Brexit not to blame for Dover chaos, says Suella Braverman – who claims smooth operations since EU exit

Brexit is not to blame for the 14-hour queues at the Port of Dover, Suella Braverman has said – insisting that gridlock will not be a regular occurrence.

The home secretary claimed it was “unfair” to blame the post-Brexit passport checks for the chaos as the port as Easter holidaymakers get stuck in misery at the border with France.

Extra sailings ran overnight from Dover to Calais to try to clear the huge backlog, partly blamed on bad weather affecting ferry crossings and a higher-than-expected surge in bookings.

Travel experts have also blamed the inspection and stamping of individual passports after Brexit. Dover chief executive Doug Bannister said the post-Brexit checks have made processing “more challenging”.

Asked if she accepted Brexit as a cause of the chaos, Ms Braverman told Sky News’ Sophy Ridge on Sunday: “I don’t think it’s fair to say that this is an adverse effect of Brexit.”

The Tory cabinet minister added: “We’ve had many years now since leaving the EU, and there’s been on the whole, very good operations and processes at the border.”

Ms Braverman downplayed fears delays at Dover will be a regular occurrence. Asked if it could happen every school holiday, she told the BBC: “No, not at all … I don’t think this is the state of affairs to go forward.”

Despite recurring gridlock problems at Dover in 2021 and 2022, the home secretary claimed: “If you look into recent years, things have been very smooth, operating very smoothly at the border.”

She added: “It’s a very busy time of year and there’s been some bad weather. They are positive this will be eased very soon – I just urge people to have patience.”

A spokesman for the port – which has declared a critical incident – said it was hoping to clear the backlog by lunchtime on Sunday, as some travellers were held up for 14 hours.

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Holiday coaches stuck at the Port of Dover in Kent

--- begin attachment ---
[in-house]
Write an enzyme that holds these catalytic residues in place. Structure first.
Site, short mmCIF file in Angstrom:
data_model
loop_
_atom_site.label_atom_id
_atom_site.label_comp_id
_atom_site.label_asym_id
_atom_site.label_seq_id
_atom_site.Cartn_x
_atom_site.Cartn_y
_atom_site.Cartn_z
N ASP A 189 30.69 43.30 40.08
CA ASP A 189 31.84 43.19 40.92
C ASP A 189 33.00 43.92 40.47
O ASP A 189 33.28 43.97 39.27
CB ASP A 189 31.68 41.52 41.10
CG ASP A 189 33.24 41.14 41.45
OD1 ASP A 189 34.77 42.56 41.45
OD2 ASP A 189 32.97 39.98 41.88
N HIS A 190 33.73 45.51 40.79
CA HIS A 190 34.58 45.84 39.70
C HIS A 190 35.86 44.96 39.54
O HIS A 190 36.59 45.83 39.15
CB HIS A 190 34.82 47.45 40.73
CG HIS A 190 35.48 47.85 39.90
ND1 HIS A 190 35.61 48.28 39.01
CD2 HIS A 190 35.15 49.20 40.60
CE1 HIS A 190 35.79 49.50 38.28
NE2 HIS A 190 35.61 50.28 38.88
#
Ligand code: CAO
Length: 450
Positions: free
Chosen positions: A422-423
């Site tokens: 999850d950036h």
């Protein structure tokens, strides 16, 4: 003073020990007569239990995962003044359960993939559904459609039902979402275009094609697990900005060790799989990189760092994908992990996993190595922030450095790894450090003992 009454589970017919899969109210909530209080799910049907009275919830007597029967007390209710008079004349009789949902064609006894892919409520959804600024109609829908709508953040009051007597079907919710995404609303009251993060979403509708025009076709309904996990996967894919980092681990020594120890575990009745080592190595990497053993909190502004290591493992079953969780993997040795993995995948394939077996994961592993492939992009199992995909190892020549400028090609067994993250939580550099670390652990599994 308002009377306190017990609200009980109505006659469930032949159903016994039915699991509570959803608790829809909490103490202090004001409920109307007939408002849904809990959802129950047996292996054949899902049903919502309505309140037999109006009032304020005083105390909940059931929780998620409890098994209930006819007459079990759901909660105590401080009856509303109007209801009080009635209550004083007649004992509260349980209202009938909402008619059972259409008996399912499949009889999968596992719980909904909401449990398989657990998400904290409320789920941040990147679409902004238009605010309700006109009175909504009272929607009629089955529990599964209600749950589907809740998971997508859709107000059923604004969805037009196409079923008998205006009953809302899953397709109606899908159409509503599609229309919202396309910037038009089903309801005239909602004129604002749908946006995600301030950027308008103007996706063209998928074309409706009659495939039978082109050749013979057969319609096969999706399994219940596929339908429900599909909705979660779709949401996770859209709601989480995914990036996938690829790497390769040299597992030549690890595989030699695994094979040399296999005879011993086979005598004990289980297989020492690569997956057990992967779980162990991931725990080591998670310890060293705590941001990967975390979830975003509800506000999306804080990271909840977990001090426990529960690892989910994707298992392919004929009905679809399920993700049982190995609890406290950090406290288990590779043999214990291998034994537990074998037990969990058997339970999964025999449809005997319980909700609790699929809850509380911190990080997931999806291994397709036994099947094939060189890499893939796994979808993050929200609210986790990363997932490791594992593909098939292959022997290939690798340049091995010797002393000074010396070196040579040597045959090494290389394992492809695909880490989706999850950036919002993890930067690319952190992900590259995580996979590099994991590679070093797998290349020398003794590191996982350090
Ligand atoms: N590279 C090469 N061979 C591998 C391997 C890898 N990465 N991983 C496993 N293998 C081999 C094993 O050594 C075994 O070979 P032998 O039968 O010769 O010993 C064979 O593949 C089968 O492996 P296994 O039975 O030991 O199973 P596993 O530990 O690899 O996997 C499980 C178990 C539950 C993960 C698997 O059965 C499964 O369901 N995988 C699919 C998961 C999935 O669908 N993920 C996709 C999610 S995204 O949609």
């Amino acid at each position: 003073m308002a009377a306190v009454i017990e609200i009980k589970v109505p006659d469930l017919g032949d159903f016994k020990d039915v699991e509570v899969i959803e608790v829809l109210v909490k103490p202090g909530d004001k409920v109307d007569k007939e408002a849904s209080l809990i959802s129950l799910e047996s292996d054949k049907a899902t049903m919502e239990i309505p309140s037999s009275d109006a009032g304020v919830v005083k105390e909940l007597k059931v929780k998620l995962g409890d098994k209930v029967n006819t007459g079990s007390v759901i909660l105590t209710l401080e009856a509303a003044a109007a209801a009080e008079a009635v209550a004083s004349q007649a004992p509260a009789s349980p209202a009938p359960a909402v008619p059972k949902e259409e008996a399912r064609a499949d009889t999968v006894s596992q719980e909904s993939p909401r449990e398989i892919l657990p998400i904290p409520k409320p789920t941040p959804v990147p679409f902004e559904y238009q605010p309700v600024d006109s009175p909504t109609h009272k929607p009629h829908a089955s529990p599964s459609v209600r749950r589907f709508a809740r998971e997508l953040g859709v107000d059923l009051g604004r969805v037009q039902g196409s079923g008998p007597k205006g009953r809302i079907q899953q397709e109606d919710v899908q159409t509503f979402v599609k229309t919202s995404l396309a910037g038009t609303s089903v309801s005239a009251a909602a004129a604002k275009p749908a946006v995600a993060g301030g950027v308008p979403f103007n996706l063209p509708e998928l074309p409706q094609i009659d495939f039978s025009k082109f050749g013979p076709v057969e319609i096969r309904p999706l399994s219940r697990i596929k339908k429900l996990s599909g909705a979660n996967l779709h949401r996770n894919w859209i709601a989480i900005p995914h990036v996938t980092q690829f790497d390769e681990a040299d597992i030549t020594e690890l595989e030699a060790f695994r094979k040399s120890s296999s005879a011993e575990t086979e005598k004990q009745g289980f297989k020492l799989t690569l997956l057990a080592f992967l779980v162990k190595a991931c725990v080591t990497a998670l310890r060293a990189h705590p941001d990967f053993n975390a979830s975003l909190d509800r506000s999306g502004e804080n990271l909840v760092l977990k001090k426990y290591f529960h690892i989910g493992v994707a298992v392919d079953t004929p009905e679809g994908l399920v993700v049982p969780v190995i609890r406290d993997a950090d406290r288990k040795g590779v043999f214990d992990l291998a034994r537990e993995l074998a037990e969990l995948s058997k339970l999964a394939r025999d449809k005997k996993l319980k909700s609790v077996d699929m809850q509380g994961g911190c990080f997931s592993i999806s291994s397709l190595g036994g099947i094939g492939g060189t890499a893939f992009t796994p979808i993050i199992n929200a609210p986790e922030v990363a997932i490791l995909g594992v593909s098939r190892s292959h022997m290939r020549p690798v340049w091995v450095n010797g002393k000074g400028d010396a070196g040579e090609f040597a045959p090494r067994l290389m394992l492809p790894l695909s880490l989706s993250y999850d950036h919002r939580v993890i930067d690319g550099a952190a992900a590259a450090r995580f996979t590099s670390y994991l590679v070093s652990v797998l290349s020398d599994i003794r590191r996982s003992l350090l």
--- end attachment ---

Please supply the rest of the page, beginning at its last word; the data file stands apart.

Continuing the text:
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Holiday coaches stuck at the Port of Dover in Kent


The port has said the delays were “due to lengthy French border processes and sheer volume”, saying ferry companies had received 15 per cent more coach bookings for Easter than expected.

P&O ferries apologised for the wait times and said the wait time at the entrance on Sunday morning was “approximately 4 to 5 hours”.

Simon Calder, The Independent’s travel correspondent, said processing times since Brexit had risen sharply – saying the new border checks were “gumming up” at border control.

He also warned that it would get worse in November, when the post-Brexit Entry-Exit system (ESS) finally comes into forced – requiring all “third country” travellers to be fingerprinted and allow for a facial biometric scan.

Mr Bannister, CEO of Dover Port, told Sky News: “The difference of living in a post-Brexit environment means that every passport needs to be checked before a vehicle or passenger can pass through to the EU through France. So it does make processing more challenging.”

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Traveller looks at phone while stuck in Dover gridlock

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Traveller looks at phone while stuck in Dover gridlock


Brexit-backing Tory MP Natalie Elphicke blamed the problems on the French – saying she was “incredibly disappointed to see French border control problems once again adding to traffic mayhem” at the Kent port.

The Liberal Democrats’ home affairs spokesperson Alistair Carmichael said Ms Braverman’s denial of Brexit issues shows she “is in complete denial about the impact of the Conservative government’s botched deal with Europe on our borders”.

He added: “For Conservative ministers like Braverman, it is always someone else’s fault. Businesses and travellers are being tied up in reams of red tape but ministers are refusing to lift a finger.  It shows the Conservative Party is out of touch, out of excuses and should be out of power.”

Labour leader Sir Keir Starmer said it was “not the first time there have been problems at Dover” and urged the government to “get a grip” of the situation.

“I really feel for people trying to get through Dover. There will have been families who have booked holidays and now they are frustrated yet again and I think the nature of the frustration will be ‘not again’,” he said.